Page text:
here for the International Stationary Steam Index
here for the Surviving Steam Road Engine Index
Even in 2009, China has active
'real' steam locomotives and these are very
well documented. However, to my knowledge nothing in the stationary steam
line has ever been reported here. In January 2009, I stumbled on two preserved
duplex pumps at the Yunnan
Railway Museum (9th February 2009), early 20th
century relics of the Yunnan-Vietnam railway.
India was always going to be the best bet for variety in
operational 21st century stationary steam. Unfortunately, it's quite a large
country and there is a limit to what one impoverished couple can achieve on
their own. It would be nice to have some help from all you sad, arm-chaired and
slipper bound fellow enthusiasts, but your loss is our gain even there is
every chance that many good things will be missed as a result. If you've never
seen steam hammers at work, then maybe your life is less than complete.
Certainly mine was, what do I mean? (25th
February 2008) There is now a
video clip available (2nd March 2008).
A few years back (2008) an over-boiler engine was offered for sale on http://www.smokstak.com
but that site was blocked in China so I I never found it. Anyway, the engine
is still available (29th April 2012), click
here for some pictures and more information.
Not 'real' but preserved and well presented are a number of steam engines at
the Digboi Centenary (Assam Oil Industry) Museum
(updated with a full description of the museum 30th
January 2013), less well conserved are some North Eastern Coalfields Relics
21st century appropriate technology (updated
23rd May 2014) - TinyTech
Plants of India are now producing small stationary steam engines with boilers -
the short report contains pictures and links (two more pictures added, 26th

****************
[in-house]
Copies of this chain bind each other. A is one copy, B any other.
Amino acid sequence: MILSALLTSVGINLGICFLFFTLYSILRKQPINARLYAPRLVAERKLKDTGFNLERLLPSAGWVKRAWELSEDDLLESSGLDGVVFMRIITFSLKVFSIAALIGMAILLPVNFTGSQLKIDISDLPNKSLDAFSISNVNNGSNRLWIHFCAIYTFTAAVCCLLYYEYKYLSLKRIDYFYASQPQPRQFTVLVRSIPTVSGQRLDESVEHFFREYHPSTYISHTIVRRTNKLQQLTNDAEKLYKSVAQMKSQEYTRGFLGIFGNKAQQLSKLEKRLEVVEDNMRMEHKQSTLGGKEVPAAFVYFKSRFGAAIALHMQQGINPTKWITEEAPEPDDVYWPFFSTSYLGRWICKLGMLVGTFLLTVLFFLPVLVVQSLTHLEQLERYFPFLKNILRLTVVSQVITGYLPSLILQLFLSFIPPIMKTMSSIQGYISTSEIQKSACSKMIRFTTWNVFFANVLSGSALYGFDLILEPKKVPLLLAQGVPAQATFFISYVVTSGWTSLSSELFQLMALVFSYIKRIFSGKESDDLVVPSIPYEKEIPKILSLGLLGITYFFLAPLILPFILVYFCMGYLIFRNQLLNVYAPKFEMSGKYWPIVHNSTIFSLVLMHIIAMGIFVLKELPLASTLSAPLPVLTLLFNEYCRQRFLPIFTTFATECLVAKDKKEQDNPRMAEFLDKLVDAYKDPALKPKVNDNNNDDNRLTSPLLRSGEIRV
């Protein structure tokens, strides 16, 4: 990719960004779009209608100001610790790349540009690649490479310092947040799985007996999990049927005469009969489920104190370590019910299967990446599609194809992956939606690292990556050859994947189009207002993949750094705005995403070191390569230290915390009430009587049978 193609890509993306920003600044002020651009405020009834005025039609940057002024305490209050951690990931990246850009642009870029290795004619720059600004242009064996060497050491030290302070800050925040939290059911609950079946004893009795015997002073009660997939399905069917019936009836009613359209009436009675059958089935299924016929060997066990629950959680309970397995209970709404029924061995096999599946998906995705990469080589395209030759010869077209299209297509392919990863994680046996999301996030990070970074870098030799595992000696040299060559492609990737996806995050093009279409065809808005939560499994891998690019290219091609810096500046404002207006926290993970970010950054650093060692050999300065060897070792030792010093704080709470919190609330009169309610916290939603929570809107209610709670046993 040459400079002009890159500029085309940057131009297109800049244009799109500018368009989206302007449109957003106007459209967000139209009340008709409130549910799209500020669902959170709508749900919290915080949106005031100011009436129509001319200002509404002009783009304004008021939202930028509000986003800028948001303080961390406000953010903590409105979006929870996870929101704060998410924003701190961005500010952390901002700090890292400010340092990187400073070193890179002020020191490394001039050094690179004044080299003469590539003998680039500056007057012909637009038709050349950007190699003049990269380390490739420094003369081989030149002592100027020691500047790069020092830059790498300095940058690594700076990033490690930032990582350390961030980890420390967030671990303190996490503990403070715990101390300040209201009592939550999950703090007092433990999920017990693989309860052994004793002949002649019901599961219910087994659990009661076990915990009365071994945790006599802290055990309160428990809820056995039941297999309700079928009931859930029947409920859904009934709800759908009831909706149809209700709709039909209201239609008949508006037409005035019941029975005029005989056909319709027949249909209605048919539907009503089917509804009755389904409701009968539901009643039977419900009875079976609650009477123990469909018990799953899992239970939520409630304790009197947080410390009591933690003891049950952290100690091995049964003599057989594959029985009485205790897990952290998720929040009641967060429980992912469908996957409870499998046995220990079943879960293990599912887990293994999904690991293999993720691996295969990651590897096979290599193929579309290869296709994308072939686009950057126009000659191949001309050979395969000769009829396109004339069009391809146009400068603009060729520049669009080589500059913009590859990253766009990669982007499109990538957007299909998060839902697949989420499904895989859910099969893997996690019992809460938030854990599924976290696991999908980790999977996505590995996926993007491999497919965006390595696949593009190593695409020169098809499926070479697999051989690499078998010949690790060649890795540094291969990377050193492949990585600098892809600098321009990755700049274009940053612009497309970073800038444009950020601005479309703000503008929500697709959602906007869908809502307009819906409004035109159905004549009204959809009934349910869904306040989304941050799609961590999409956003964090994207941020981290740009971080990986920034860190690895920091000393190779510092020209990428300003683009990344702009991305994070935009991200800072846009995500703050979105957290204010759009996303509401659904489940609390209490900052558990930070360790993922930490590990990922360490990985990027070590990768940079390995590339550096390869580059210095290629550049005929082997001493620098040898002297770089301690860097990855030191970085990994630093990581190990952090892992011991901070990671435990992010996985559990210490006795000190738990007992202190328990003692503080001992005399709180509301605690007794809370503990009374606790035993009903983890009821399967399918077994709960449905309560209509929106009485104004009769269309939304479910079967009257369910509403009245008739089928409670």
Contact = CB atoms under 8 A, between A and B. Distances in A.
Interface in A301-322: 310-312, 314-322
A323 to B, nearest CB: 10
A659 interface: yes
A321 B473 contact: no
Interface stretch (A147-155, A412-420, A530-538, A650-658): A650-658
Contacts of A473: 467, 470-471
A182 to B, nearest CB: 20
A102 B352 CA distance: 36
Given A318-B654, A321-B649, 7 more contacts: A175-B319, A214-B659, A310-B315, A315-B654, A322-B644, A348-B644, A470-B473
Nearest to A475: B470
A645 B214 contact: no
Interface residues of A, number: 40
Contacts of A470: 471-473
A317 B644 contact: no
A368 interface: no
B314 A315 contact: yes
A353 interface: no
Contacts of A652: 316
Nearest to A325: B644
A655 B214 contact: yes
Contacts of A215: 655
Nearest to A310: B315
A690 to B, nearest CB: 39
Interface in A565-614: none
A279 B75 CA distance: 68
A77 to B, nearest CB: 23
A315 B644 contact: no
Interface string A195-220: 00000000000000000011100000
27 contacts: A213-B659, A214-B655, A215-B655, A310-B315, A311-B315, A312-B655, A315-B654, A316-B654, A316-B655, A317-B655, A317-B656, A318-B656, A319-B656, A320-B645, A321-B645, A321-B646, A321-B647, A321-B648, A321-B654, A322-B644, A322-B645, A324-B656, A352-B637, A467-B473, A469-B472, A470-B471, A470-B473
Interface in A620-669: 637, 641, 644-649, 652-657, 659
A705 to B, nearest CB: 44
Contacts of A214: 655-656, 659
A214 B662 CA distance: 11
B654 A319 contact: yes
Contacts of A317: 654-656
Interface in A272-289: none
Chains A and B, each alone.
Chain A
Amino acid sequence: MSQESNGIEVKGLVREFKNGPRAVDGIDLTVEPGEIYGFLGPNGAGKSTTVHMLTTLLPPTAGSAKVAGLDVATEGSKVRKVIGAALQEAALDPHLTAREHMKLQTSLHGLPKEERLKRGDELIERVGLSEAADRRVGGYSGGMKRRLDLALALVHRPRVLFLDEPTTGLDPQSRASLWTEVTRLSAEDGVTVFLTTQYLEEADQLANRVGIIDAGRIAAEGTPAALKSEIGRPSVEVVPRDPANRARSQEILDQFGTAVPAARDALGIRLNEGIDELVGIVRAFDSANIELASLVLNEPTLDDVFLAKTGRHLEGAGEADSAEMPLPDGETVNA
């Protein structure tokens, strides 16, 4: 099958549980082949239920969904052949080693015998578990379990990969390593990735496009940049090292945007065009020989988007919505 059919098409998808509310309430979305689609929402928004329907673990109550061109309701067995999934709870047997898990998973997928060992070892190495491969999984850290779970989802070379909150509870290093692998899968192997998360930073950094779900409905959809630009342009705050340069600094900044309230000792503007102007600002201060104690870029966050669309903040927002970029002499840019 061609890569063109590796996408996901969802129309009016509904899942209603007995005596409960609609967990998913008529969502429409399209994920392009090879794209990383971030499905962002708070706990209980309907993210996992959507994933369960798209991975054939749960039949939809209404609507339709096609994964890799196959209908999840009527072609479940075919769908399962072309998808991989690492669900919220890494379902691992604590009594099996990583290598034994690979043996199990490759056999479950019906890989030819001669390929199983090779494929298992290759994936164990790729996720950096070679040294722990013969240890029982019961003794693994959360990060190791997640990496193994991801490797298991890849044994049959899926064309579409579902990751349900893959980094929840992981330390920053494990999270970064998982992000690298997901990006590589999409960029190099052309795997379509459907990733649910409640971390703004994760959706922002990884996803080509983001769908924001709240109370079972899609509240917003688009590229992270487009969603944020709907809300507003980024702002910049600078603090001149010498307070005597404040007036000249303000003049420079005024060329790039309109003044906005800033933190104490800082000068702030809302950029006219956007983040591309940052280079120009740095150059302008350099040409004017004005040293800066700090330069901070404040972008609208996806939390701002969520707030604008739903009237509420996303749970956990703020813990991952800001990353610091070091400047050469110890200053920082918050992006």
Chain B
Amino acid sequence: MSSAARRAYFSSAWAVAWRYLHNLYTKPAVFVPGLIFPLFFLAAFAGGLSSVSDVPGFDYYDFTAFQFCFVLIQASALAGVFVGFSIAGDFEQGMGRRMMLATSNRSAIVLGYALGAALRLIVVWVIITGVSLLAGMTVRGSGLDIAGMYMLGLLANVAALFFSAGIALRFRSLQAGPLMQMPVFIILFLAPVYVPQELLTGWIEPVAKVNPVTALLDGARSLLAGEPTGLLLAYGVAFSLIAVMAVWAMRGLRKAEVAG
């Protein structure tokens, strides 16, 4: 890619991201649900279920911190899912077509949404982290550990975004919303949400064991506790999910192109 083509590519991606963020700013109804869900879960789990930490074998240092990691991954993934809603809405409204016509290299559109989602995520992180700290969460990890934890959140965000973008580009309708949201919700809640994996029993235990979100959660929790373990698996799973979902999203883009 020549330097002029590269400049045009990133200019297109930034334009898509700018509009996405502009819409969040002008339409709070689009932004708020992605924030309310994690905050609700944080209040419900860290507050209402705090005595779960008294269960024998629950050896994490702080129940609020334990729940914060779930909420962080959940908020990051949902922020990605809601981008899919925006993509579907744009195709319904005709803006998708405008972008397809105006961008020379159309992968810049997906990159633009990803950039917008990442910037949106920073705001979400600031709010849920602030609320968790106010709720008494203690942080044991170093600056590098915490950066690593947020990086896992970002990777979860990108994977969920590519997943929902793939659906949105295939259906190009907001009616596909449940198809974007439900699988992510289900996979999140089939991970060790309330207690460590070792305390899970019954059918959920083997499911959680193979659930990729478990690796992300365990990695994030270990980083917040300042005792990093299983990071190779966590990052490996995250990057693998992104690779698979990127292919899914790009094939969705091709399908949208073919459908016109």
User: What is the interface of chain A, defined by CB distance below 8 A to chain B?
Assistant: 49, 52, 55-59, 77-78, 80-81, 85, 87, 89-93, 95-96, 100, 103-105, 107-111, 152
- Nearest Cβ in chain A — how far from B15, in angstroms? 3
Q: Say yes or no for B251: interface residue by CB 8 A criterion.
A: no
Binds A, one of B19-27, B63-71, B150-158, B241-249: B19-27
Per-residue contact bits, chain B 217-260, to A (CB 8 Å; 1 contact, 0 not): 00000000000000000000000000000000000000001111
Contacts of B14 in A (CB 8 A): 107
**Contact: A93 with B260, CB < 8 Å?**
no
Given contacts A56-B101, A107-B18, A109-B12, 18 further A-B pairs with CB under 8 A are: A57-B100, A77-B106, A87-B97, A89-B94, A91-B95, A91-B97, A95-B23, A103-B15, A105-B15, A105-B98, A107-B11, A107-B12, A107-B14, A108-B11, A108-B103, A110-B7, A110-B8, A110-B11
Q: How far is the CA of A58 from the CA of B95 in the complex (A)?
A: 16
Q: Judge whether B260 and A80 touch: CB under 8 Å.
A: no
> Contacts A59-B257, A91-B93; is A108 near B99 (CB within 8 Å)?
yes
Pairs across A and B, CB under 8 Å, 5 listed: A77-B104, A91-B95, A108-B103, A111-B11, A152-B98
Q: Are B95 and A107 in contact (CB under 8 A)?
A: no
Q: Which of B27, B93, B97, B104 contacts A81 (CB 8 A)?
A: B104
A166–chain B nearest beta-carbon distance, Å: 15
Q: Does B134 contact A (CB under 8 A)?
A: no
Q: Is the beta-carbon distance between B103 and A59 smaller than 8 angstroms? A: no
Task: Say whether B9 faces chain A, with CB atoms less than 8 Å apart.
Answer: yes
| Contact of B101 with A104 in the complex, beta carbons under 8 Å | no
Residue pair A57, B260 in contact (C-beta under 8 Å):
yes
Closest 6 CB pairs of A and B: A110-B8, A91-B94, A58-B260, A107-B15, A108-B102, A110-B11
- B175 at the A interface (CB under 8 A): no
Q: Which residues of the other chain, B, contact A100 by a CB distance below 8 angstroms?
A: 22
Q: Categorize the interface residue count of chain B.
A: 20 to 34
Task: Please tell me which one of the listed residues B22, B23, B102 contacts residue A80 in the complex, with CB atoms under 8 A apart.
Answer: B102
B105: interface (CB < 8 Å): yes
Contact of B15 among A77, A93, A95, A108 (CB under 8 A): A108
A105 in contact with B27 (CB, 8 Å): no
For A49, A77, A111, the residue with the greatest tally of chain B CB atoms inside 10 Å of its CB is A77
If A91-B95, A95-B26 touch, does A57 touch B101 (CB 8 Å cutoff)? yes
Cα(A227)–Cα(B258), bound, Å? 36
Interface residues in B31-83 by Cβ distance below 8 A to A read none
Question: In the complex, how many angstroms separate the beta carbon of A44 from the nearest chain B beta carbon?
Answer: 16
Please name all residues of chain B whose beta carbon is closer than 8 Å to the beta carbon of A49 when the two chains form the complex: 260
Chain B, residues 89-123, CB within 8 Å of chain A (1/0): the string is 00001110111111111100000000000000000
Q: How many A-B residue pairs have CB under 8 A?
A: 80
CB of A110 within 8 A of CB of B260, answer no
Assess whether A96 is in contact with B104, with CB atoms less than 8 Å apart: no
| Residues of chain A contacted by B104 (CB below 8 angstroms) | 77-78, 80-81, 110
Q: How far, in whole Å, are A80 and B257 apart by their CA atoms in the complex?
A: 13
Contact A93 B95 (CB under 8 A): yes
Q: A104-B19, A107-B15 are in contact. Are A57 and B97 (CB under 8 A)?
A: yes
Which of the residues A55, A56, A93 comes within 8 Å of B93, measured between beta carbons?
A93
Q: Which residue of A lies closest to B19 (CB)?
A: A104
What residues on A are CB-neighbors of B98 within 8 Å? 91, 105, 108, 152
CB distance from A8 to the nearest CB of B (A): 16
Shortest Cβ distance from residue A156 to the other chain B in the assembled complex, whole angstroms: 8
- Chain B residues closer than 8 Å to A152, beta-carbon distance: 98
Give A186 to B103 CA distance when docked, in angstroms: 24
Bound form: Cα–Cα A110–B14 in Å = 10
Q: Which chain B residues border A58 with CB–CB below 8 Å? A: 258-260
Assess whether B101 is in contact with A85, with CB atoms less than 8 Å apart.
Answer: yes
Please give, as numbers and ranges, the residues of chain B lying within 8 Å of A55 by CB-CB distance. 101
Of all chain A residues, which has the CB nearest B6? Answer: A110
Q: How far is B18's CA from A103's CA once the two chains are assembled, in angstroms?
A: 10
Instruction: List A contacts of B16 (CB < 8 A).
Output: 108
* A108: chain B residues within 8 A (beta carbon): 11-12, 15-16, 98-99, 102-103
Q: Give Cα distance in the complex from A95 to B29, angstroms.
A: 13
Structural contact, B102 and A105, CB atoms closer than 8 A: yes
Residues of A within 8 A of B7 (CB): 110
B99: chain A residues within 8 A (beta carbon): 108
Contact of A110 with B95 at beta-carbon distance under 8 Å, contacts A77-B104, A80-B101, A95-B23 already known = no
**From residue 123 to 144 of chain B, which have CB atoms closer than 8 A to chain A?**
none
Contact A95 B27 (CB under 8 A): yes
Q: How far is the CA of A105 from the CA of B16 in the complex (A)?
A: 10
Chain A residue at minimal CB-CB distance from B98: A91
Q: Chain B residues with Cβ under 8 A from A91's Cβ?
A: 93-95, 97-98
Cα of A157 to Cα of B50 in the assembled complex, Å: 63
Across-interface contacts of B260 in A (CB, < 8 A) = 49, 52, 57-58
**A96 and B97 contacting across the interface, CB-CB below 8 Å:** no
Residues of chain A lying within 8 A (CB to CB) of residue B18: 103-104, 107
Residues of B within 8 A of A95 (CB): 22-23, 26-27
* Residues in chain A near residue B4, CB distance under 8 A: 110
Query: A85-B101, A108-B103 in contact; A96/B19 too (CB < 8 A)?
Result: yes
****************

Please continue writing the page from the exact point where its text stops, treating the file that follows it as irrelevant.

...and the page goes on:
2008). If you are interested in such items, I have a list
of their current products, with specifications and prices, as of August 2008
(21st August 2008). They have now sent me a press
release (10th August 2010) to celebrate the
inauguration of a small scale mustard oil mill in Jharkand state which also
provides electricity for the local community. It's unlikely that anyone reading
this will be passing by but I would love to see some pictures of it at work and
the benefits it is bringing.
Yuehong and I did a further bash into the unknown and the end of 2006. What
did we find? Some wonderful engines at work and rest, just click here.
A video clip of this first engine at work
is now on the site (5th July 2007) and many more are being added in stages on my
YouTube Channel (28th December 2013).
Thanks to Margaret Hacking and Chris Hodrien for forwarding pictures
of old kit in Gadag, Karnataka (18th September 2014).
It is not impossible that some tea estates still use stationary engines or at
the very least some are still present.
The ISRS Yahoo Newsgroup email@example.com
has been quite helpful. Harsh Vardhan circulated this information a few years